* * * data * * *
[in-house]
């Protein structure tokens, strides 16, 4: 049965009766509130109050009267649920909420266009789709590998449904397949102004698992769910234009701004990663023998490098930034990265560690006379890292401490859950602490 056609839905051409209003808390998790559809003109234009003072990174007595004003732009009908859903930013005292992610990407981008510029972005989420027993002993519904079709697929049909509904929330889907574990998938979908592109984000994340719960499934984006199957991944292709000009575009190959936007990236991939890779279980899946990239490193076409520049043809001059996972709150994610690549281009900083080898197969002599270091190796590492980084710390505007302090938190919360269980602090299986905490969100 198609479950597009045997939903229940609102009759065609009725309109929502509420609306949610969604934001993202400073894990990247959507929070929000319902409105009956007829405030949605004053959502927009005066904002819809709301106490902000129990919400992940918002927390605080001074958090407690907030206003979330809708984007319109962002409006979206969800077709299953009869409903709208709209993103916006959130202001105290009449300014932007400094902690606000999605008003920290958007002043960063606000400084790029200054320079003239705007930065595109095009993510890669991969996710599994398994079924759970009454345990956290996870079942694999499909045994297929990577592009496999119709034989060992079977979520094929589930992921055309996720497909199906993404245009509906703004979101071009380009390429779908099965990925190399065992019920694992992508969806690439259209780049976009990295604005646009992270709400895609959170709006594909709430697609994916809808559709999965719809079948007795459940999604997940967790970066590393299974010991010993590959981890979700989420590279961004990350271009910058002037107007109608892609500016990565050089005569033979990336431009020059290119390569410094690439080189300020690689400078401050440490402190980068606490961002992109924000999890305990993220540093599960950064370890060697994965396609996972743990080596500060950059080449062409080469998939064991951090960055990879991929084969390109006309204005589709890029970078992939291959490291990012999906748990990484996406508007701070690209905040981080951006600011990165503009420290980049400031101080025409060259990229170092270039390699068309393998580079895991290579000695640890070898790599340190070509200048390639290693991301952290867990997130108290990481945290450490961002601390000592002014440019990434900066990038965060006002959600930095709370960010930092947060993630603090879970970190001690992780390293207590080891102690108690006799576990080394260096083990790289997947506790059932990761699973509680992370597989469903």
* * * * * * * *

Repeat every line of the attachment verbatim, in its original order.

[in-house]
């Protein structure tokens, strides 16, 4: 049965009766509130109050009267649920909420266009789709590998449904397949102004698992769910234009701004990663023998490098930034990265560690006379890292401490859950602490 056609839905051409209003808390998790559809003109234009003072990174007595004003732009009908859903930013005292992610990407981008510029972005989420027993002993519904079709697929049909509904929330889907574990998938979908592109984000994340719960499934984006199957991944292709000009575009190959936007990236991939890779279980899946990239490193076409520049043809001059996972709150994610690549281009900083080898197969002599270091190796590492980084710390505007302090938190919360269980602090299986905490969100 198609479950597009045997939903229940609102009759065609009725309109929502509420609306949610969604934001993202400073894990990247959507929070929000319902409105009956007829405030949605004053959502927009005066904002819809709301106490902000129990919400992940918002927390605080001074958090407690907030206003979330809708984007319109962002409006979206969800077709299953009869409903709208709209993103916006959130202001105290009449300014932007400094902690606000999605008003920290958007002043960063606000400084790029200054320079003239705007930065595109095009993510890669991969996710599994398994079924759970009454345990956290996870079942694999499909045994297929990577592009496999119709034989060992079977979520094929589930992921055309996720497909199906993404245009509906703004979101071009380009390429779908099965990925190399065992019920694992992508969806690439259209780049976009990295604005646009992270709400895609959170709006594909709430697609994916809808559709999965719809079948007795459940999604997940967790970066590393299974010991010993590959981890979700989420590279961004990350271009910058002037107007109608892609500016990565050089005569033979990336431009020059290119390569410094690439080189300020690689400078401050440490402190980068606490961002992109924000999890305990993220540093599960950064370890060697994965396609996972743990080596500060950059080449062409080469998939064991951090960055990879991929084969390109006309204005589709890029970078992939291959490291990012999906748990990484996406508007701070690209905040981080951006600011990165503009420290980049400031101080025409060259990229170092270039390699068309393998580079895991290579000695640890070898790599340190070509200048390639290693991301952290867990997130108290990481945290450490961002601390000592002014440019990434900066990038965060006002959600930095709370960010930092947060993630603090879970970190001690992780390293207590080891102690108690006799576990080394260096083990790289997947506790059932990761699973509680992370597989469903």